The week after our full day of professional development, I was out for 2 days. It seems like I’ve been out a lot lately 😦 (2 days for international job fair, 1 day for PD, these 2 days…). Usually it seems nothing productive gets done when I’m not physically in the classroom, especially because the students are supposed to be learning French. I usually have them do independent work, partner work, speaking exercises and watch movies. [Luckily my content tends quite well to movies! My students really enjoyed Asterix & Obelix and we were able to have some great discussion about White Material during Black History Month.] This time I decided to experiment with having my students use the Chromebooks while I was gone.
Students’ homework was to bring their headphones to class with them. I also explained to each class that they would be using the Chromebooks and I would be giving them more responsibility than I’d ever given other groups of students. I told them to make me proud and that I looked forward to bragging about them when I came back. I stayed completely positive and emphasized how much responsibility they were going to be given.
I was fortunate enough to be able to speak with the sub the day before I was absent. This made me feel so much better since I was leaving her with so much responsibility! Here is an excerpt from the letter I left my sub…
Students will be using Chromebooks today and tomorrow. Ms. Smith will come open the Chromebook cart. I have written the number they will be using on the roster next to their names (in yellow). I have also noted if they have turned in their user agreement (in orange). Please collect (and record) any missing agreements and encourage them to turn them in ASAP (there are extra copies). Each student will have a task list/assignment sheet in his/her email. The two allowed sites are their google mail/docs & my.hrw.com (I have printed out their usernames & passwords in case they forgot). They should ask you if they need to go to any other sites.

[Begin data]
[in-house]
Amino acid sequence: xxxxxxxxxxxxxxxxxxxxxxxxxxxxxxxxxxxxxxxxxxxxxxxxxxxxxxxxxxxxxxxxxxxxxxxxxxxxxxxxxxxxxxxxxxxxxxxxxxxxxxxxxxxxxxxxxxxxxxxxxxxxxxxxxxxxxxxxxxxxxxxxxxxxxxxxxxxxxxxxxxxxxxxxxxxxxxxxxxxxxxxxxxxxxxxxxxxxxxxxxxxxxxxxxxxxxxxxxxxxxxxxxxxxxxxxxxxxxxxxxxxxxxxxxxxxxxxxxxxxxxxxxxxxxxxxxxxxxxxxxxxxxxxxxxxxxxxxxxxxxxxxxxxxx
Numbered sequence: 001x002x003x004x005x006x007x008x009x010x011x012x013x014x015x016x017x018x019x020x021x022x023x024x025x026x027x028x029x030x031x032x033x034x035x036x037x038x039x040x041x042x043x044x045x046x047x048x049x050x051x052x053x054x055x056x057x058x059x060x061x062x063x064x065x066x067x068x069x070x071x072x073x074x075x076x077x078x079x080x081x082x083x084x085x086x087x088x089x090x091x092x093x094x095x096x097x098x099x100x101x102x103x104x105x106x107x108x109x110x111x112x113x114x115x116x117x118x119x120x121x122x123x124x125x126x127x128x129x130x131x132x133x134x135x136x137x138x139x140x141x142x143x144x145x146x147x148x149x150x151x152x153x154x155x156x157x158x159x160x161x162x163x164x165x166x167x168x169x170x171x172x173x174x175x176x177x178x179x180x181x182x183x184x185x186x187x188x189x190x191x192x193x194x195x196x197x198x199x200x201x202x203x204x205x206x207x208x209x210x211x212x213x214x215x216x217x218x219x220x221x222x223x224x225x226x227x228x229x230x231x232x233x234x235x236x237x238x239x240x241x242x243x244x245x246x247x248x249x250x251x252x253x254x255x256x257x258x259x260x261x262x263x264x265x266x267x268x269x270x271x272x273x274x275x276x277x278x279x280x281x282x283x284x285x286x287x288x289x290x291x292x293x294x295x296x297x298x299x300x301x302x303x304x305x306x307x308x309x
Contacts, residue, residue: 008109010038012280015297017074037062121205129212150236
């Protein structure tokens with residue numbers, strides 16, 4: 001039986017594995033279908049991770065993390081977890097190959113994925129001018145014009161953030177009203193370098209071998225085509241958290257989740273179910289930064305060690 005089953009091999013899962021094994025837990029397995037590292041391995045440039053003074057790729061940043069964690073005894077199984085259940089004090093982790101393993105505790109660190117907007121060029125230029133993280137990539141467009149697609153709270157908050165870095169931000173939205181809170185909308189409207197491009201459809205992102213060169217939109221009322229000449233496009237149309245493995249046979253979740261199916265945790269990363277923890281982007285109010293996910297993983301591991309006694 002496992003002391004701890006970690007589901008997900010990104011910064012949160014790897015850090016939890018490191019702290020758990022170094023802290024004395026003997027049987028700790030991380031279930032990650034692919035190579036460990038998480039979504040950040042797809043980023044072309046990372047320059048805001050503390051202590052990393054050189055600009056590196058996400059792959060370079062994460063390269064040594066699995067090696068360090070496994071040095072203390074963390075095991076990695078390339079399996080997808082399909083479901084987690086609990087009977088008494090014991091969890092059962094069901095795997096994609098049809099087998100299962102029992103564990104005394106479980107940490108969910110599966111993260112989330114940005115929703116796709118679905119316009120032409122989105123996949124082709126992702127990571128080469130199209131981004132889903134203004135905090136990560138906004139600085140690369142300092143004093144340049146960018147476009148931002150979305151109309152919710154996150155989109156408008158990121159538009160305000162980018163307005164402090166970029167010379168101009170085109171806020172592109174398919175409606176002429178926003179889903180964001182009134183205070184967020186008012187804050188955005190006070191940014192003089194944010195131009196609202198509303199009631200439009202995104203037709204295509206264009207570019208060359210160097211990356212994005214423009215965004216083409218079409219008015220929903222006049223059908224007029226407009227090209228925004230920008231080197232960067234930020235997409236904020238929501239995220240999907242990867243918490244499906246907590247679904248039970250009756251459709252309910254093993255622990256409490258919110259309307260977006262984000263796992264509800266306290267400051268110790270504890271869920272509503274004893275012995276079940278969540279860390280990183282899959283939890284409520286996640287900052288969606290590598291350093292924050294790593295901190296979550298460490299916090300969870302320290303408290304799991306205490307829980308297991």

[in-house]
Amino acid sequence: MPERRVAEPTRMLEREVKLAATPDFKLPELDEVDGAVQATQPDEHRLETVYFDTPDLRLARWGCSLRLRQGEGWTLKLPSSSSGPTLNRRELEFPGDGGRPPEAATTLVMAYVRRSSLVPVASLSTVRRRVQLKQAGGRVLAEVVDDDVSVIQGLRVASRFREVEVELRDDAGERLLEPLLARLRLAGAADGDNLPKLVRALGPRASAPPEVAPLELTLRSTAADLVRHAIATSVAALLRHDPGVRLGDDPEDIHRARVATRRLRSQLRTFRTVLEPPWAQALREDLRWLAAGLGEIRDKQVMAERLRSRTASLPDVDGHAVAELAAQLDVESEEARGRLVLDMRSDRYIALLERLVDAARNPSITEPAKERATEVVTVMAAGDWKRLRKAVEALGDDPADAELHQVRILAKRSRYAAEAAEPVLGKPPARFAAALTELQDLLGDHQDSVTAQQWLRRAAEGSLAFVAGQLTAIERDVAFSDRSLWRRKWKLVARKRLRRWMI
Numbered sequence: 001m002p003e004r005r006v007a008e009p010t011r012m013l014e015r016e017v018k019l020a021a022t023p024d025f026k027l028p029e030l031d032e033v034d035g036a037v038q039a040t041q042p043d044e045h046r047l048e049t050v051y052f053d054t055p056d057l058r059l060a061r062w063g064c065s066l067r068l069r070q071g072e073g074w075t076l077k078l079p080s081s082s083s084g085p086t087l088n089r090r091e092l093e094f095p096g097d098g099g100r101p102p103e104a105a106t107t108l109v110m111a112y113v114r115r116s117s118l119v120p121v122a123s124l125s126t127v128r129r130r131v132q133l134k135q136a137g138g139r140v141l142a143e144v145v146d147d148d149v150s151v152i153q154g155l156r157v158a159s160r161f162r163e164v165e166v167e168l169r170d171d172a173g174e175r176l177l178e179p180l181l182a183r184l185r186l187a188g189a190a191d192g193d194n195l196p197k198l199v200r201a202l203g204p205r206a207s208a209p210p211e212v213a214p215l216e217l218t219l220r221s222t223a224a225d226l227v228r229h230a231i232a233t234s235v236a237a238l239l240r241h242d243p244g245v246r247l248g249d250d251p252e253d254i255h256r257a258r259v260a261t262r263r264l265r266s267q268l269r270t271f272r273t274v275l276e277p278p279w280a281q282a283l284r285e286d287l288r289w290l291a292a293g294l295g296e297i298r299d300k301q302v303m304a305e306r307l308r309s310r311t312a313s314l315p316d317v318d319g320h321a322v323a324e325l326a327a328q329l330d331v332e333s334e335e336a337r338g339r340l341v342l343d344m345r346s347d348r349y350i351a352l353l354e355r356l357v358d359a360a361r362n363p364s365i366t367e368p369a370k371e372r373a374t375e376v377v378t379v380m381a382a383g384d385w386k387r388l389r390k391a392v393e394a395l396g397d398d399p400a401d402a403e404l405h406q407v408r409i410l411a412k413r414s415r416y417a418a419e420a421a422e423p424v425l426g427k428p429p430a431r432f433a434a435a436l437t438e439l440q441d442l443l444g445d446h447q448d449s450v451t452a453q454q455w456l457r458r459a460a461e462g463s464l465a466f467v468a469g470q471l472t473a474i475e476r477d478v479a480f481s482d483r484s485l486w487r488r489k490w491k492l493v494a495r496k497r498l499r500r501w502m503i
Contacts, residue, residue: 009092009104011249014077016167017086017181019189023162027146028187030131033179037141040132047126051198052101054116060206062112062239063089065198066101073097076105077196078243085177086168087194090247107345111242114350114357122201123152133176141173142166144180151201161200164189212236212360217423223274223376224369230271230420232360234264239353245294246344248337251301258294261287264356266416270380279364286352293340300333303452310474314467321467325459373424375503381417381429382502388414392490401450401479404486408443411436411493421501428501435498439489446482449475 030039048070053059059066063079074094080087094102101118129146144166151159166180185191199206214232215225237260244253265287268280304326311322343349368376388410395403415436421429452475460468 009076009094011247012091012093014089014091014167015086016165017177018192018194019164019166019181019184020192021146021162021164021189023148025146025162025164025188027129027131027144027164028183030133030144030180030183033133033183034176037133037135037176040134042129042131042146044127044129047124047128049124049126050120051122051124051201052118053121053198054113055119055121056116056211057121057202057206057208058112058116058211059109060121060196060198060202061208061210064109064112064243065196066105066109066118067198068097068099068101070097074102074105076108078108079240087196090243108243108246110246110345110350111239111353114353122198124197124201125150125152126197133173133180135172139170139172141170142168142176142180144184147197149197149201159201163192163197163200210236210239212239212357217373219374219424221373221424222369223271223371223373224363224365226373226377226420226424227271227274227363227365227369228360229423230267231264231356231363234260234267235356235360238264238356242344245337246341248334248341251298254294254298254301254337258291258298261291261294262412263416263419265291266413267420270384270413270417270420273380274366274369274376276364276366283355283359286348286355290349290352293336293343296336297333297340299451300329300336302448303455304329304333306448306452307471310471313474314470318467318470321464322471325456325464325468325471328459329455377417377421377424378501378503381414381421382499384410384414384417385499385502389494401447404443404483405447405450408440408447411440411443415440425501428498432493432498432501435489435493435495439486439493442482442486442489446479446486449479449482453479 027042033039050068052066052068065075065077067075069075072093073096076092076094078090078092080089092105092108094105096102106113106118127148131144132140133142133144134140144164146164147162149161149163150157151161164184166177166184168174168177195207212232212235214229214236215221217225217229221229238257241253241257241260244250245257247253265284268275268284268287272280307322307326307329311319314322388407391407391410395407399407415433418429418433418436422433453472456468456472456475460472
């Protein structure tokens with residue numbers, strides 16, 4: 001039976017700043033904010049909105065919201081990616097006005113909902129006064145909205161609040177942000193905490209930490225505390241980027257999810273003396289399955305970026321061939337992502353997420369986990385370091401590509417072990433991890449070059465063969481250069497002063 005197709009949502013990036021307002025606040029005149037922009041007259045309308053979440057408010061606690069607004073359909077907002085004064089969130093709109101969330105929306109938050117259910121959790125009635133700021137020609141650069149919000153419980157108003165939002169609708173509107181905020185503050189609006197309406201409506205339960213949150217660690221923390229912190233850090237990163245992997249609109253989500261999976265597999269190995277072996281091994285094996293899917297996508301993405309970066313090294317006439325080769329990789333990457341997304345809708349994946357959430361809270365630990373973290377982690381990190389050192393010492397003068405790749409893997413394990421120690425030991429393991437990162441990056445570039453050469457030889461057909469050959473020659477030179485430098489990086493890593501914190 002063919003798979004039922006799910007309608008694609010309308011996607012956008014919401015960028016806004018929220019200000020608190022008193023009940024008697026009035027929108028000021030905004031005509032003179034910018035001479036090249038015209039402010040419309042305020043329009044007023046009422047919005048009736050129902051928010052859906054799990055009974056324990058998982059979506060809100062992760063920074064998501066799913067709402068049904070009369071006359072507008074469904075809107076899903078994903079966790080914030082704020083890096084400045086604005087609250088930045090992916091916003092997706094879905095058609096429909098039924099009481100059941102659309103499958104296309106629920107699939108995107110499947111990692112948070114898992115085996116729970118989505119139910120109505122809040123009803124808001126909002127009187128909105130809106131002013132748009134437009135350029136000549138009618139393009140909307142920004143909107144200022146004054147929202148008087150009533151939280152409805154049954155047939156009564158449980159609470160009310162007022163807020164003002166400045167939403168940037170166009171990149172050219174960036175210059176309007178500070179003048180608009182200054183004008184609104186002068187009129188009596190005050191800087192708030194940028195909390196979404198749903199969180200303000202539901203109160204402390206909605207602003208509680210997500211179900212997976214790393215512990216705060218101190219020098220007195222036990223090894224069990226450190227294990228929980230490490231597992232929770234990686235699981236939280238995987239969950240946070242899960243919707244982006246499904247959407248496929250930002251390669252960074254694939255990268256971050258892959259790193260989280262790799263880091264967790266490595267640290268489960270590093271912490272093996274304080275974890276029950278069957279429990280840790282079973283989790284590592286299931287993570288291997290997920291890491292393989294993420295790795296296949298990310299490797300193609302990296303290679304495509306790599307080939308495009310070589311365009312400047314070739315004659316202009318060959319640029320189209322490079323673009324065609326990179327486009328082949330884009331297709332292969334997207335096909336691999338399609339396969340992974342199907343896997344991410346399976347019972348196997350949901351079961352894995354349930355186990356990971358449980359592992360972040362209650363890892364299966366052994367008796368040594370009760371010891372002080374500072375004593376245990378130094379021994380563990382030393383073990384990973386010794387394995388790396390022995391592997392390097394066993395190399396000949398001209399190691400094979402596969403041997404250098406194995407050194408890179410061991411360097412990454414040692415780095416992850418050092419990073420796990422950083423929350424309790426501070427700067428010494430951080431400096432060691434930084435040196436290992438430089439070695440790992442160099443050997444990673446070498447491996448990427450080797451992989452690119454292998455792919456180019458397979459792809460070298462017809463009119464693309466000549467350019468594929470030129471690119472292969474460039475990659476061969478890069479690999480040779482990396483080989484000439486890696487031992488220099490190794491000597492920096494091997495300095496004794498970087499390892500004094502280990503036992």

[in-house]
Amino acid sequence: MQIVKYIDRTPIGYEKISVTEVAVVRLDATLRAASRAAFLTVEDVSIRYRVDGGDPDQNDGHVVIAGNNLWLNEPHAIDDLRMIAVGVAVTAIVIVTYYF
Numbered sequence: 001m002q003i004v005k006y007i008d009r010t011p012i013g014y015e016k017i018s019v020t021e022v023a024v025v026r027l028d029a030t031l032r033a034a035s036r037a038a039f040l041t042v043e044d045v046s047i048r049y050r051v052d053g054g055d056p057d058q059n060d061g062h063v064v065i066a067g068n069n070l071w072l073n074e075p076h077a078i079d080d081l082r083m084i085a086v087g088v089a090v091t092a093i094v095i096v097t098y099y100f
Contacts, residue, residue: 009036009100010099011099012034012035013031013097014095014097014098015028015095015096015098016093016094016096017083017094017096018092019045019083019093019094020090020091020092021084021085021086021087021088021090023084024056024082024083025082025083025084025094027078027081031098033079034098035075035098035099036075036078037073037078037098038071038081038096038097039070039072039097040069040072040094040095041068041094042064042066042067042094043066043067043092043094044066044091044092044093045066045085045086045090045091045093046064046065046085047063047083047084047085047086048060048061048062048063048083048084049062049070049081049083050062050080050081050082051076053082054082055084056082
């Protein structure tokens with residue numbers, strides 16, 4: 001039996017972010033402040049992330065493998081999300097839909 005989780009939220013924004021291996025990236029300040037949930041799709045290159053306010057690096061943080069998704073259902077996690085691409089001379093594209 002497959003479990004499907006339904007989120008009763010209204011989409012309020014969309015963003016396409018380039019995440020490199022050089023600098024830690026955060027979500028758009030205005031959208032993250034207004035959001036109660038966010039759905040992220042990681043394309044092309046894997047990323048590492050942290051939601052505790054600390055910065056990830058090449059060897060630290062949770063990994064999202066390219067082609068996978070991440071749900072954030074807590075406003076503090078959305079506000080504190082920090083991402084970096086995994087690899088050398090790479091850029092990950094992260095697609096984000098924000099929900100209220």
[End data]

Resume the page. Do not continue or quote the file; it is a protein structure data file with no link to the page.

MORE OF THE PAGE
1. Get Chromebooks. Log in to their email. Open the file I’ve shared with them (assignment sheet). Do as much work as possible.
2. Put Chromebooks away correctly (do not plug in).
3. Please remind them to send me an email. They should tell me a) how much work they got done, b) how hard they worked and c) questions they have.
I made assignment documents for each of my classes (French 2 block & French 2 year long). About 30 minutes before their class period, I shared each document with them.
The biggest differences between being absent in the past and being absent this time were that I was able to see their work (in real time) and that I was able to communicate with them. At the end of the class period, students emailed me their progress. The evening of day 1, I read all the emails and emailed back any of my students who had questions. I LOVED how this worked and I am so excited to now be able to brag about my students! Our high school sometimes gets a bad rap but I always love to tell people how wonderful my students are. We have a great relationship (one of the most important classroom management strategies I’ve learned in 2.5 years) and they are (usually) wonderful 🙂
5 thoughts on “Being absent in a 1:1 classroom”
How did the substitute teacher think it went?
OH! I forgot about that part! I made sure when I talked to her (before I was absent) that she was comfortable with them using technology and asked her to be present in the classroom and walking around. I gave the sub my email and she emailed me after both days (in addition to leaving notes for me upon my return). She did give me the names of 3 students who were not acting as they should. Here are two things she wrote to me in her emails:
“Overall, the first day was a great day that I feel went very well. The students were able to accomplish a lot of the material and were well behaved and respectful.”
“From yesterday to today, the students were much better but overall they were some of the best behaved students that I’ve had. With the exception of the students who I had mentioned to you- they were fantastic students. I would love to substitute for you any time you need me to.”
Communicating through email was great because I was able to give her some additional information between the two days that made day 2 run smoother.
Is the online textbook free for you? Our Latin one costs a bit to access. Wondering if it’s worth the extra cost for days when I have to be absent. Do you use the online text a lot during actual class?
The online textbook is free. I don’t use it a ton in the classroom (while I’m here), but I do give all students access to it so that they can use it at home. We have a class set of textbooks and then they can access the online book at home. Do they? Not sure, but it’s a great resource for them!